Conclusion

Anxiety is more common in lupus patients than in HCs, and its severity is independently associated with more active SLE regardless of the presence or absence of concomitant depression.

Eular 2015 – A reflection

Eular2015

 

Rome, Italy

Traveling to EULAR has always been exciting. European cities tend to have a different charm, where modernity meets its medieval past.

Large conferences has always been a struggle if one happens to do general clinical rheumatology. Without a specific academic interest, there are many sessions that would be of interest running concurrently.

Despite already having the abstracts in the wonderful EULAR mobile app, there is just something missing if you are not in a session. Unfortunately, debates are always kept to the minimum due mainly to time constraints.

This is where the social media shines. Twitter seem to fit the role of keeping people’s thoughts on a session and maintaining a discussion online. It would be great if we could one day tweet a question. I am encouraged that certain sessions are highlighting the area of health informatics, although they have to catch up to ACR on that front.

Overall it was a successful event. The venue had lots of space to stretch and halls are usually large enough, otherwise there is always standing room outside which is a plus point. The ‘Ask Me’ guides all along the main walkway is a great feature!” And should be kept for future conferences. The materials are great and I suspect that in the future we may be able to do away with the thick programme book!!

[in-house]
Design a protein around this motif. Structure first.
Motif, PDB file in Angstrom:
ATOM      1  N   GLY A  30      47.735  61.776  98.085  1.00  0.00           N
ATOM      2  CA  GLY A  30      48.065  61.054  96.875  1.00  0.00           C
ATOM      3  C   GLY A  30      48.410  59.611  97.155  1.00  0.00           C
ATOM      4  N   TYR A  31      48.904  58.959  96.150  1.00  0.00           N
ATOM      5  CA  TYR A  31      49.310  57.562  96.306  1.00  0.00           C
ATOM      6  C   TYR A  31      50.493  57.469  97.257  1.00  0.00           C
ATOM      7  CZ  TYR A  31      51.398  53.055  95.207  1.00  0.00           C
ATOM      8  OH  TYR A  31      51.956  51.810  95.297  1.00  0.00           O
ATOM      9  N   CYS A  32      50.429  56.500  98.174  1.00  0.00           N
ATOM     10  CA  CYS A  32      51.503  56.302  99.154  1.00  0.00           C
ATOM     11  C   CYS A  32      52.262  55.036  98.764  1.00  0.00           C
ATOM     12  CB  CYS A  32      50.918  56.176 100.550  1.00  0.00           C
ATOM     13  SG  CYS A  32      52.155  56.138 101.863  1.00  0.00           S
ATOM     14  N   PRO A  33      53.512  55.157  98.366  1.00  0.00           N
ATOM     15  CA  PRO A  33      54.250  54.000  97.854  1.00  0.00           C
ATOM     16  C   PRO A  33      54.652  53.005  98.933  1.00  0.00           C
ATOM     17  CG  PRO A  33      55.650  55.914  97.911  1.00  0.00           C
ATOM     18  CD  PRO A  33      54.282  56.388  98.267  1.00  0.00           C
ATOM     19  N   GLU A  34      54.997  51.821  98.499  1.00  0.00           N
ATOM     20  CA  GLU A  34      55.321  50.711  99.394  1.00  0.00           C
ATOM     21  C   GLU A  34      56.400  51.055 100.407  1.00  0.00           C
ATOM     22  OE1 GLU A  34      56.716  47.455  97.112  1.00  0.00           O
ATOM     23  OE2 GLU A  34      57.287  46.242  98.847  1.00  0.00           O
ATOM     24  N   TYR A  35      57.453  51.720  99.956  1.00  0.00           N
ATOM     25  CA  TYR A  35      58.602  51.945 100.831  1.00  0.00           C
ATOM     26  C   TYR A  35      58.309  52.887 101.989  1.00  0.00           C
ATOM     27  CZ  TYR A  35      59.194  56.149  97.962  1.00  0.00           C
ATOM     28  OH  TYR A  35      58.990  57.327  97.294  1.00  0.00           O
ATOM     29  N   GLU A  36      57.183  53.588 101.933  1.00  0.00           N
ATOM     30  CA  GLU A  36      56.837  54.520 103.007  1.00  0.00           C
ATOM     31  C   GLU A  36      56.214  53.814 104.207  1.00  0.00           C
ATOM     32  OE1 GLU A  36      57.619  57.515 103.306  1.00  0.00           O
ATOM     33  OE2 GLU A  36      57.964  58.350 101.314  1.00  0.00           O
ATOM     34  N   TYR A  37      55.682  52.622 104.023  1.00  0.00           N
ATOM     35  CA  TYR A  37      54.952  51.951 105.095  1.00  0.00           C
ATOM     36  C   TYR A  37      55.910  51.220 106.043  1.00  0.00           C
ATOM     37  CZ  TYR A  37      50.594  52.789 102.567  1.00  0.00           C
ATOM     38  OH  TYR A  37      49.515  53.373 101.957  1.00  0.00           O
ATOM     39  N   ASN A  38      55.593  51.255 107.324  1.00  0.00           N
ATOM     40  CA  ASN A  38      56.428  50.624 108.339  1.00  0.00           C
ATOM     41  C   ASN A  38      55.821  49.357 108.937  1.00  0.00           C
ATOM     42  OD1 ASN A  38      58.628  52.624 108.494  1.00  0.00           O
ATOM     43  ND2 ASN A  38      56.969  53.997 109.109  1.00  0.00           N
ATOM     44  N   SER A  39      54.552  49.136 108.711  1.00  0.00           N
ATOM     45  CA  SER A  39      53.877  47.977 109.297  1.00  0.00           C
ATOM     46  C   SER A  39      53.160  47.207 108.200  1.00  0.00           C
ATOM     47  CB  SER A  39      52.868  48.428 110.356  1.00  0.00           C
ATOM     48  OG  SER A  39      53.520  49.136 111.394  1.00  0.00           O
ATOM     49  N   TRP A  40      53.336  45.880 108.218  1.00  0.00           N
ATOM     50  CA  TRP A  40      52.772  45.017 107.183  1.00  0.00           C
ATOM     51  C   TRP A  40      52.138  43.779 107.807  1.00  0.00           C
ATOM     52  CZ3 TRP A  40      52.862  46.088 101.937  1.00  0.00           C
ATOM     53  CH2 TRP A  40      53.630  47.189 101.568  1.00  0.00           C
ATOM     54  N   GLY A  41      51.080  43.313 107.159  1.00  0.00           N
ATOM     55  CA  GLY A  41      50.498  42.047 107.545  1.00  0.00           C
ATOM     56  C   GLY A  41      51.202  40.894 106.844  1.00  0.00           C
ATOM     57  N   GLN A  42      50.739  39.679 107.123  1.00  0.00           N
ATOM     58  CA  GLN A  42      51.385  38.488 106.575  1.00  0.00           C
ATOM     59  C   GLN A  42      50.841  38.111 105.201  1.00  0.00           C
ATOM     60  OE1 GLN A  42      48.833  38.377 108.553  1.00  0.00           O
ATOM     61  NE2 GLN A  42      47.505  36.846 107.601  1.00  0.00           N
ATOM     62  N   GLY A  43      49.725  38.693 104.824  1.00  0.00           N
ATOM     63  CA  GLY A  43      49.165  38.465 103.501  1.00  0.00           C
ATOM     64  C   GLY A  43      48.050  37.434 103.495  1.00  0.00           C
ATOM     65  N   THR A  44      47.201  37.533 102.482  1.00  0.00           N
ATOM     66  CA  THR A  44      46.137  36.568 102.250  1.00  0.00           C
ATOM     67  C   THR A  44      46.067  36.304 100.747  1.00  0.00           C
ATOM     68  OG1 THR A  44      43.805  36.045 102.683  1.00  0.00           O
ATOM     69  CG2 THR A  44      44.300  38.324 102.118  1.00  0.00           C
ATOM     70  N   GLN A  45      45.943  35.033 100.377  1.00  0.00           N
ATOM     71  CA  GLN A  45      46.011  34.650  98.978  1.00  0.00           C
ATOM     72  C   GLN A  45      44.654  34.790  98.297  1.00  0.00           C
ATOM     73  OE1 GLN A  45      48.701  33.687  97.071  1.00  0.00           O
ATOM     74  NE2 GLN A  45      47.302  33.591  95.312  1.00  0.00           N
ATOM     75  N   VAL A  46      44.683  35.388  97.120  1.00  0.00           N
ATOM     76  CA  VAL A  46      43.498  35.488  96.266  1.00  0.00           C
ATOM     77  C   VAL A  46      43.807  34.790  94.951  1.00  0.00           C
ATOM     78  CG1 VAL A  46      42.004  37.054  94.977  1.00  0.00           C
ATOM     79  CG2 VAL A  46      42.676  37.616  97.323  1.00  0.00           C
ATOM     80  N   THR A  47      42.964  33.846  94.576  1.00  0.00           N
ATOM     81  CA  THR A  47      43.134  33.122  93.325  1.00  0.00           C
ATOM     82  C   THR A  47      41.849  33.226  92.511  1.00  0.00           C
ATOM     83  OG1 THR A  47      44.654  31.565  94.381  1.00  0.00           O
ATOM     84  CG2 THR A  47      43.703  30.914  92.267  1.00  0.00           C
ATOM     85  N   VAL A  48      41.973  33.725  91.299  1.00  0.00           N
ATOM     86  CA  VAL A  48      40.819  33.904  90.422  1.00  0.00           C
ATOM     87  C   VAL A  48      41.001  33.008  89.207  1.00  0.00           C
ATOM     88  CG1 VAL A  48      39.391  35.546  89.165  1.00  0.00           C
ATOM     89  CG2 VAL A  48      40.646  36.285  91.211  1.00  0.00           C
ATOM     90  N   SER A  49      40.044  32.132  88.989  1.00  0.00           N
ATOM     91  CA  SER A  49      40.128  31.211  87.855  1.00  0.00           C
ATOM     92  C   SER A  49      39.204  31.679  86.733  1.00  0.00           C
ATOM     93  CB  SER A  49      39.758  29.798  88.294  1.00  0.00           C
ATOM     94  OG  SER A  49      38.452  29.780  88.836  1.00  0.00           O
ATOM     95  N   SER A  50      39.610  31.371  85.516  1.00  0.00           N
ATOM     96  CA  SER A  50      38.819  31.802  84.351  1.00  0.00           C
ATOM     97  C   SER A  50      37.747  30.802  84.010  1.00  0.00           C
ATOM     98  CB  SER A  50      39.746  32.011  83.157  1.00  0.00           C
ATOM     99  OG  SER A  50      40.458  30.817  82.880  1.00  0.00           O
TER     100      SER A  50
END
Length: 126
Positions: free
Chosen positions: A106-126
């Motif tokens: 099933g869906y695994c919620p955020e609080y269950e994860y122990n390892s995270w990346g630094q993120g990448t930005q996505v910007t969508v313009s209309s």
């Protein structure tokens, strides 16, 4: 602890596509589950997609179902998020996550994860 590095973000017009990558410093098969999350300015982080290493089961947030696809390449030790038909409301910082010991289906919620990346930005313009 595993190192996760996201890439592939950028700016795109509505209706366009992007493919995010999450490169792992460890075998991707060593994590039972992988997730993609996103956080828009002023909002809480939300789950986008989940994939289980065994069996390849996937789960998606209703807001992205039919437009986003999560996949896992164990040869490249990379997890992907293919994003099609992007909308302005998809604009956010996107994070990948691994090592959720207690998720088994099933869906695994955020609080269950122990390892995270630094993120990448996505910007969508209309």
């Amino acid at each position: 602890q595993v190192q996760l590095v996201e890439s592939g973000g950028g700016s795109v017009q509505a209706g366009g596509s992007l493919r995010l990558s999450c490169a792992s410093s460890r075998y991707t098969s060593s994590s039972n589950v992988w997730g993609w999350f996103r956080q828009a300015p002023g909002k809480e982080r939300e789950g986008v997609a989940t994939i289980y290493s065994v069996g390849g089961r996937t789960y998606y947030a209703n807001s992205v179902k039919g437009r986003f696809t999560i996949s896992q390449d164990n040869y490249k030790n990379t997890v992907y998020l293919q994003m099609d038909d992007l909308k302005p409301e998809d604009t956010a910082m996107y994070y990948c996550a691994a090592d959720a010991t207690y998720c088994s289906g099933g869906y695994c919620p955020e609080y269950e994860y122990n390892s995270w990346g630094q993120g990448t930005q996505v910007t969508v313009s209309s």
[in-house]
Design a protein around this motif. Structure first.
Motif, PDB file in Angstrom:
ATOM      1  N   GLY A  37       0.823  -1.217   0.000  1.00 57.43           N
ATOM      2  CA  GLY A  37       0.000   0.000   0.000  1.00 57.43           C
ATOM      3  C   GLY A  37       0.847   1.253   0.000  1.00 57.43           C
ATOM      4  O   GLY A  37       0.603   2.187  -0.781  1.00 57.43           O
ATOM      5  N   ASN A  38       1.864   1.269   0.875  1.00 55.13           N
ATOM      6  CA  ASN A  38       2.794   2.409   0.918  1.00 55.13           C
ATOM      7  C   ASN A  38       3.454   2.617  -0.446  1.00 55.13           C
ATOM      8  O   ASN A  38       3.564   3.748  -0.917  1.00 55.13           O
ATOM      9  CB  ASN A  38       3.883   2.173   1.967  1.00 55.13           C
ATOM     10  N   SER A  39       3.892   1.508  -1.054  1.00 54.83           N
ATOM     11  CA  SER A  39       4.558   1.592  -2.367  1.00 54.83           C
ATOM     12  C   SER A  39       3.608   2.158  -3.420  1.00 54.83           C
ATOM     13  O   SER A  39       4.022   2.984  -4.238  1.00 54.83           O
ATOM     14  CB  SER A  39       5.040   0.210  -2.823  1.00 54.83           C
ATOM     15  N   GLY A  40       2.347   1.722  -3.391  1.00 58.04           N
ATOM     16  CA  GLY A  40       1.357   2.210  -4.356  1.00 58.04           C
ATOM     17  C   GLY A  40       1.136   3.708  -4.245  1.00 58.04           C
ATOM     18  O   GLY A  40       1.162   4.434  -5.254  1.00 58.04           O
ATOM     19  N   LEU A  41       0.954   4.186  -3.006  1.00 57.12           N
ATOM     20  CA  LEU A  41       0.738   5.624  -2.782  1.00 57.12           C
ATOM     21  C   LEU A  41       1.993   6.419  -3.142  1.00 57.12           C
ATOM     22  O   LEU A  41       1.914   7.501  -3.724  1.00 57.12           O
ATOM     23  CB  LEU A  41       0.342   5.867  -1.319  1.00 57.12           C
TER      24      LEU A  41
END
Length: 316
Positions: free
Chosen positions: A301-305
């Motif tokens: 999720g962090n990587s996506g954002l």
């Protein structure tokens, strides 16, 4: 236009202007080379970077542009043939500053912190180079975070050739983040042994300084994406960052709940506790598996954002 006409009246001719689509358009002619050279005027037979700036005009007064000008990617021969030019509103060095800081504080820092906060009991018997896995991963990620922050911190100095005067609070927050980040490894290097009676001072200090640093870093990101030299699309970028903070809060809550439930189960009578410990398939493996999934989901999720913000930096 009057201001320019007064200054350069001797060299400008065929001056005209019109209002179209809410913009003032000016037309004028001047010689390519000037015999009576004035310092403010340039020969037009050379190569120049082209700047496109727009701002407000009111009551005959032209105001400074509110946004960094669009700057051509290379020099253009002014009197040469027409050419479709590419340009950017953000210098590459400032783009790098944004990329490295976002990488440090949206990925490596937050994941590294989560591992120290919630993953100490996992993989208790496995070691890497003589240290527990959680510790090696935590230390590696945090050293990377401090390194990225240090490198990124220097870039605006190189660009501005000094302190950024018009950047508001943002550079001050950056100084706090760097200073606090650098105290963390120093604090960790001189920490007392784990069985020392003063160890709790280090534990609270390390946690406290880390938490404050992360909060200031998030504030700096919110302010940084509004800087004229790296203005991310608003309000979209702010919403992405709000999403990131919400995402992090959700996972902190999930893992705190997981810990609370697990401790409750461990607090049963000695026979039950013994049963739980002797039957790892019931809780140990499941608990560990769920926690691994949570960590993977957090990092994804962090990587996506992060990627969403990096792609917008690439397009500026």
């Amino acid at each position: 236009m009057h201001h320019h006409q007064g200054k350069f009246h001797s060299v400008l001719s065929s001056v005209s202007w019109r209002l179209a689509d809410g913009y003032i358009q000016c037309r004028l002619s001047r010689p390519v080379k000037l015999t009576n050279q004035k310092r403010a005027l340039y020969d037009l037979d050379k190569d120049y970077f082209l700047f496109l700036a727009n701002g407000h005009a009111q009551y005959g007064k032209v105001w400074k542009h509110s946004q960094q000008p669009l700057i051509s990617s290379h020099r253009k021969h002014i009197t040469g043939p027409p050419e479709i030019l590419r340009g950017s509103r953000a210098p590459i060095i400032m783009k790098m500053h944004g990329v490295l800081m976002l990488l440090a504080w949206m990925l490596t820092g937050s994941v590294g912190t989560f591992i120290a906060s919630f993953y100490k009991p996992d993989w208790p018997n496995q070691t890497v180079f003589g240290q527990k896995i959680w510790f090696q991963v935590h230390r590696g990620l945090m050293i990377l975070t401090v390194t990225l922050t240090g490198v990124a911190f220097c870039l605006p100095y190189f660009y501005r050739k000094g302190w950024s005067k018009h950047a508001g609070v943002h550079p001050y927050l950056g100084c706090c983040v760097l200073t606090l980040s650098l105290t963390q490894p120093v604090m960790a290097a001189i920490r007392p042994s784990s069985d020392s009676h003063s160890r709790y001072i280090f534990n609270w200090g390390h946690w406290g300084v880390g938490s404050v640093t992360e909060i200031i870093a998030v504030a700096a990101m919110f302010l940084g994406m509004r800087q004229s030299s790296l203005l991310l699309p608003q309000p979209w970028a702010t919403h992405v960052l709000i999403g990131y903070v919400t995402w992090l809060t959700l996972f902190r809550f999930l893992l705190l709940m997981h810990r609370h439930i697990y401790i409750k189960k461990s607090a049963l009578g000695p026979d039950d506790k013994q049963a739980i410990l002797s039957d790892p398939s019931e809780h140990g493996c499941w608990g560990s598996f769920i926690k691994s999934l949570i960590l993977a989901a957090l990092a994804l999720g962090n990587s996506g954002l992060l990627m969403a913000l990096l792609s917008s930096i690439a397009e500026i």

The downside, although the organizers did do their bit to alleviate it, was the poor access to public transportation. Moving to and fro to the conference area without being bound to certain limited times would be a better idea. Perhaps more regular buses should have been provided for this purpose.

Thank you EULAR for a great conference. We would look forward to future congresses. One final note, there is a hope that a greater collaborative work between EULAR and APLAR can be forged. Getting delegates to APLAR would be a great way to foster a greater partnership.

Signing out! #EULAR2015. Our next event will likely be the #MSRSSR2015.